One possibility is for localities to explore alternative methods of revenue generation. RBT CPAs notes that local governments should revisit all the services they provide and then ask: “What value is the resident getting from this service? What is the cost to provide that service? Are the residents who reap the most benefit paying a proportional share of the cost, or is there a need to restructure?”
Local governments provide a wealth of services to the people who live within their municipal borders. Determining the cost of those services and charging appropriate, proportional fees can help municipalities generate the revenue needed to continue providing those valuable and valued benefits to taxpayers.
The firm cited the City of Middletown, which charges a set residential fee included in taxes, but also charges extra for bulk pickups. Middletown charges a monthly rate for its commercial trash customers, with charges set out in the city code fee schedule.
“Many municipalities also charge modest recreation fees for rentals of pavilions, fields, or other public amenities.
A municipality might also charge the person renting out part of a park a special event fee. Reasonable fees can help defray the cost of clean-up or maintenance. Those municipalities with golf courses should carefully review the total costs of owning and operating the course to ensure that the revenues generated cover the total costs whether through concession contracts, greens or other fees,” the accounting firm noted.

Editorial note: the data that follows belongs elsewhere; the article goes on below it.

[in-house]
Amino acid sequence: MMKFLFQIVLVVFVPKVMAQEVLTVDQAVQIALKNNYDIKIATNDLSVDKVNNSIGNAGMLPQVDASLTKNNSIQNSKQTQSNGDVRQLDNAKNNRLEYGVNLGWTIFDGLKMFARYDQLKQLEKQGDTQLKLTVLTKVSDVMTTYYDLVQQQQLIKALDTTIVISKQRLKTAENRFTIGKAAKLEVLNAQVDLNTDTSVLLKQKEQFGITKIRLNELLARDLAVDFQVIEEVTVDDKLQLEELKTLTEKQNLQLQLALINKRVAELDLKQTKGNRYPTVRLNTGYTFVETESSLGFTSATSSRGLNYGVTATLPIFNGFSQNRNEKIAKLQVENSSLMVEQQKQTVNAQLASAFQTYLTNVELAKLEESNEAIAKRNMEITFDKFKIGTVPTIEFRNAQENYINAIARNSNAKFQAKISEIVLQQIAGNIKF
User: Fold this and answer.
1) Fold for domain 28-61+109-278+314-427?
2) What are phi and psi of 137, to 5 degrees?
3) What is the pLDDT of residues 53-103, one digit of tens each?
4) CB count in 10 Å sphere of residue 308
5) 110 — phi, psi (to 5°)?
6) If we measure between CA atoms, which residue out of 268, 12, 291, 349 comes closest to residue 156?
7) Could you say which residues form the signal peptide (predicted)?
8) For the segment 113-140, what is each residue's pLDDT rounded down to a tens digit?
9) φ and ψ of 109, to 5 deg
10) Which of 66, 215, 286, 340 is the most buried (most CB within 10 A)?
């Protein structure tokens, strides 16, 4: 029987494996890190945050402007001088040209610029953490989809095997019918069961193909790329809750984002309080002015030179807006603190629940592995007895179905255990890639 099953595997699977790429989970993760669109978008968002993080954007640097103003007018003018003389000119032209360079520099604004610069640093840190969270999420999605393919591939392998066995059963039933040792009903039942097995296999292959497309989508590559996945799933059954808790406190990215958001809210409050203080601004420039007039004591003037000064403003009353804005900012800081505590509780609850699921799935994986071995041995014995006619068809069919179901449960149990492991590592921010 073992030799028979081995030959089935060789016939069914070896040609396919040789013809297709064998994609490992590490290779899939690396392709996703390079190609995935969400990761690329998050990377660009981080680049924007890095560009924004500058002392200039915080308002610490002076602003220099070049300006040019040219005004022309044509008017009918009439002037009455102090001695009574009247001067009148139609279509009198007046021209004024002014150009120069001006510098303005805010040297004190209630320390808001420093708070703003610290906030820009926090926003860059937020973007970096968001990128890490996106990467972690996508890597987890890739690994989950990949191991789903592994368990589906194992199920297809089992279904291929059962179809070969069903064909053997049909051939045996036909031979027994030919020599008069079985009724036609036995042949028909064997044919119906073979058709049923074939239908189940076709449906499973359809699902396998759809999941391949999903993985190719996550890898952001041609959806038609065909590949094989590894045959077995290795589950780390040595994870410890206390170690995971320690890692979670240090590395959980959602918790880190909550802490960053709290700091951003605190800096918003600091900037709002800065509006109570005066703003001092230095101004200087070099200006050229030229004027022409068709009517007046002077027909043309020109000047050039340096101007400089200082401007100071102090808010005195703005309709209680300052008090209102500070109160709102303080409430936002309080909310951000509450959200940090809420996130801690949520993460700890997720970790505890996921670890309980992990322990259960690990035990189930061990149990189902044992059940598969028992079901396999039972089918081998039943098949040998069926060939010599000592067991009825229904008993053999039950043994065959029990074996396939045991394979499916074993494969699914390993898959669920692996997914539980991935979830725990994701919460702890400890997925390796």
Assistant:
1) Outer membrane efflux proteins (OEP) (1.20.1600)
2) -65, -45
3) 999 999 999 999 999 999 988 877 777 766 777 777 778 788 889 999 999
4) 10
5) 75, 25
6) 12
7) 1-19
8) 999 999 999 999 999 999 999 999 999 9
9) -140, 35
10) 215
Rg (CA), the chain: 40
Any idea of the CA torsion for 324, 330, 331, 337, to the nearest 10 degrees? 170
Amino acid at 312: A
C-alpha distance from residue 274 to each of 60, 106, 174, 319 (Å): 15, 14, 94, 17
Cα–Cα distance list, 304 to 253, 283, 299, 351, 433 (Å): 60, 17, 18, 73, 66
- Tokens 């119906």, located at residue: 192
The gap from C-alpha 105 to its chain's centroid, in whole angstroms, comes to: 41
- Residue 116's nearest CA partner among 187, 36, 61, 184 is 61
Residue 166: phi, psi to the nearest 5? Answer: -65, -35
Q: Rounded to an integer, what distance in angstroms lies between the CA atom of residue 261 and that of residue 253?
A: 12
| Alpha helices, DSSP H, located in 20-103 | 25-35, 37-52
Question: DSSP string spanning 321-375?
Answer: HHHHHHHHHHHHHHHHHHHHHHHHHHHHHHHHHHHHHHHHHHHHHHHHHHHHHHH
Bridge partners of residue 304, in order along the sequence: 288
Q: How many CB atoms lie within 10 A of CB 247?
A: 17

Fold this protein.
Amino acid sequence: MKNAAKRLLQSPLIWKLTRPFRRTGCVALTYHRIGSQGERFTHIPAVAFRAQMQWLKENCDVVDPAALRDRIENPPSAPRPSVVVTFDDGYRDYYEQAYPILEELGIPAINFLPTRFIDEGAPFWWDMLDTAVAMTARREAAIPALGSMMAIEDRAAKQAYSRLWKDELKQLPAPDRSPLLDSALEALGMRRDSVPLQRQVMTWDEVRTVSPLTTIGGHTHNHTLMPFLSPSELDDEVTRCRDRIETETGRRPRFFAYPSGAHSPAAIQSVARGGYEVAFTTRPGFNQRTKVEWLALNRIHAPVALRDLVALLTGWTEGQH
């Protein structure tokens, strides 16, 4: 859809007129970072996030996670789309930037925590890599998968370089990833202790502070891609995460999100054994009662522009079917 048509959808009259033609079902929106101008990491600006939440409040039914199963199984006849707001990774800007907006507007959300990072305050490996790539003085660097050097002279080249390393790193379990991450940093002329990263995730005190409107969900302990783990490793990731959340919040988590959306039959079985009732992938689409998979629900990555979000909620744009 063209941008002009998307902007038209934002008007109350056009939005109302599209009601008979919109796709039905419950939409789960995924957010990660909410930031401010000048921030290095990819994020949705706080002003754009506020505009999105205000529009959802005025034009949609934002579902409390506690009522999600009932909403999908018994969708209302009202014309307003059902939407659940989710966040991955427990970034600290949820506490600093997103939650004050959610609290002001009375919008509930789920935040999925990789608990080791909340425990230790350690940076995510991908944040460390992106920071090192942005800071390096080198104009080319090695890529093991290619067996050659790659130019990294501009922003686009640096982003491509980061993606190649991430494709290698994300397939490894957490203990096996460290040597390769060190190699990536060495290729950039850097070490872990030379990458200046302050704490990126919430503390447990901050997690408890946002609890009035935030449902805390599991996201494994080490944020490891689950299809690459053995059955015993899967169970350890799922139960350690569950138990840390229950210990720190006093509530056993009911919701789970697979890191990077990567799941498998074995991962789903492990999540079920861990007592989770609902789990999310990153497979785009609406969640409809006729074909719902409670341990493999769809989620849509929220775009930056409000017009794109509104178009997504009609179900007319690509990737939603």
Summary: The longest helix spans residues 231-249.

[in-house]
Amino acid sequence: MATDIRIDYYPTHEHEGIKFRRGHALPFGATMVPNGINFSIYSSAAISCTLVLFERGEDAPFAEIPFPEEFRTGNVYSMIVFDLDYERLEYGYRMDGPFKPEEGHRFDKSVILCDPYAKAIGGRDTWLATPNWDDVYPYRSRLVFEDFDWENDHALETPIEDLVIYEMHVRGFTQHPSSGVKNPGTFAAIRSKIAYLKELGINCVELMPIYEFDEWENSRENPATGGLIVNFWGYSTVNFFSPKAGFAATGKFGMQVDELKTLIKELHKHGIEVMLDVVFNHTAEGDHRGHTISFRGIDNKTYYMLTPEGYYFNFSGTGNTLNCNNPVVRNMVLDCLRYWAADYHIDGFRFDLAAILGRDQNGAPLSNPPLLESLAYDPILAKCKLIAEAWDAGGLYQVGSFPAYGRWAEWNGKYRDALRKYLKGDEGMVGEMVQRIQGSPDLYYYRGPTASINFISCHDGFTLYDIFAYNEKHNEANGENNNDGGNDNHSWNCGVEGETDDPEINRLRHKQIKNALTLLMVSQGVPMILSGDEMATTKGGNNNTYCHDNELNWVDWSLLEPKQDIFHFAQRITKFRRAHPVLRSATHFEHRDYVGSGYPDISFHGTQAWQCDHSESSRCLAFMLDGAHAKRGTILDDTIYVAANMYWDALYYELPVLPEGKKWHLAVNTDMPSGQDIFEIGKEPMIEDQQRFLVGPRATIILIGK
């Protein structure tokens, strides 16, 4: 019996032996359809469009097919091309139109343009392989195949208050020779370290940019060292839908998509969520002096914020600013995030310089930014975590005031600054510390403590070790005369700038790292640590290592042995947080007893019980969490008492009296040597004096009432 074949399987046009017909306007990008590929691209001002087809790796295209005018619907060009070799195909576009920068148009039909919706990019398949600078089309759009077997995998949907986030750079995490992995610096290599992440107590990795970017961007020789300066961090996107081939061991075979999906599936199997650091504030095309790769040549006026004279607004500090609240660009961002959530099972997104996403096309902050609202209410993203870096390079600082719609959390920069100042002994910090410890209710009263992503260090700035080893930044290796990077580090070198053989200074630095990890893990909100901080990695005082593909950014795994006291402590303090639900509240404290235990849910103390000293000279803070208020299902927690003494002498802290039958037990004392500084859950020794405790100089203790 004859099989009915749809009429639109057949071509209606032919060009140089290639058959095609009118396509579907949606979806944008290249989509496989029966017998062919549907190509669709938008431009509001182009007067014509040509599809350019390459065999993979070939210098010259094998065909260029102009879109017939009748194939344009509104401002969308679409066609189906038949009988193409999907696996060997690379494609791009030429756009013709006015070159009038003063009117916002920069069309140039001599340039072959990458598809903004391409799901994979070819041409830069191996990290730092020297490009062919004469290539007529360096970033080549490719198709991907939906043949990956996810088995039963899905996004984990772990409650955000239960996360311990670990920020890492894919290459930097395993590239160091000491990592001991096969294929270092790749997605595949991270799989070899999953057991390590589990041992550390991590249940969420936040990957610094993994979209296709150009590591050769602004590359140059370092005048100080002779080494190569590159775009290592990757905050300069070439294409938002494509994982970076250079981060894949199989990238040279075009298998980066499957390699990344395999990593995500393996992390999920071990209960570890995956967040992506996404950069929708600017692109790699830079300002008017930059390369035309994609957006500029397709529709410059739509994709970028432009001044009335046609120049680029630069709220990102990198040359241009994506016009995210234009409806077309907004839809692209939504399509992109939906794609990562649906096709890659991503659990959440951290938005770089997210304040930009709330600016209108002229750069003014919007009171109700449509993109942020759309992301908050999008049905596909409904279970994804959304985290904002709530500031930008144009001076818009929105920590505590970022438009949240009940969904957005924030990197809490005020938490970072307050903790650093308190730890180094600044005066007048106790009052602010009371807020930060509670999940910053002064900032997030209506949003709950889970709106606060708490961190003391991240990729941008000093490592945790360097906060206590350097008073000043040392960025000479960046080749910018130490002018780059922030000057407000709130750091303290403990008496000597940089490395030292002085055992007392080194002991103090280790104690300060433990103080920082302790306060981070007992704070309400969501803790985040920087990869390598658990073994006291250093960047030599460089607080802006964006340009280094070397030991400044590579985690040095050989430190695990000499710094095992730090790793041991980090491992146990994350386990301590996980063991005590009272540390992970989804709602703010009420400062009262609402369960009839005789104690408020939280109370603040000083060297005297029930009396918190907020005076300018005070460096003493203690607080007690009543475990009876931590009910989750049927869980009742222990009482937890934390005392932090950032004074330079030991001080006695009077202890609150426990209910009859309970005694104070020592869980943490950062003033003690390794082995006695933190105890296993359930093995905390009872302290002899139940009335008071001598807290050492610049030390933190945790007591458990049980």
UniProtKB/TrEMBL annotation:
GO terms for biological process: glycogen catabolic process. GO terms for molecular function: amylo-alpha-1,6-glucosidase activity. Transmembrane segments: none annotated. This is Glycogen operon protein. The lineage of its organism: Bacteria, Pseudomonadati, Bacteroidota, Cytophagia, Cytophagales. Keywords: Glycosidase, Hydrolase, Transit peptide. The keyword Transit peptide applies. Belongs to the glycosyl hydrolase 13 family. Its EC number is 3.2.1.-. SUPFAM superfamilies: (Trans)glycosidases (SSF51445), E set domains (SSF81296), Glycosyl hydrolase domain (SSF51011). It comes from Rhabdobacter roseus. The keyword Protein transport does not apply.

Another remedy could be short-term borrowing.
“COVID-19 has left many New York municipalities short on cash as they grapple with a triple threat: falling sales tax revenues, holds on state aid, and unexpected expenses due to the pandemic. Short-term borrowing strategies can provide local governments with the funds to stay afloat until property tax payments or other revenues arrive to replenish the coffers,” RBT CPAs note.
They add that there are two main reasons a municipal government might issue short-term debt: because of revenue shortfalls, or because there has been an unforeseen expense. COVID checks both boxes.
The main avenues for short-term debt issuance to address those issues are tax anticipation notes, revenue anticipation notes and budget notes. In dire cases, a municipality may also use deficit financing, also known as a deficiency note.
Business Improvement Districts
Some of the other ideas RBT has floated of late for municipalities looking for ways to generate revenue considering establishing improvement districts, such as Business Improvement Districts (BIDs), to fund needed services in high demand areas. Such a venture would not impose an undue fiscal burden on other municipal taxpayers.
In its recent briefing, RBT cited examples of the Middletown Business Improvement District and the Town of Woodbury BID as prime examples of successful local initiatives. RBT also suggests localities consider engaging in shared services to help reduce costs.
Maureen Halahan is the president & CEO of the Orange County Partnership, a private not-for-profit office of economic development that serves as the external marketing agency for business development in Orange County.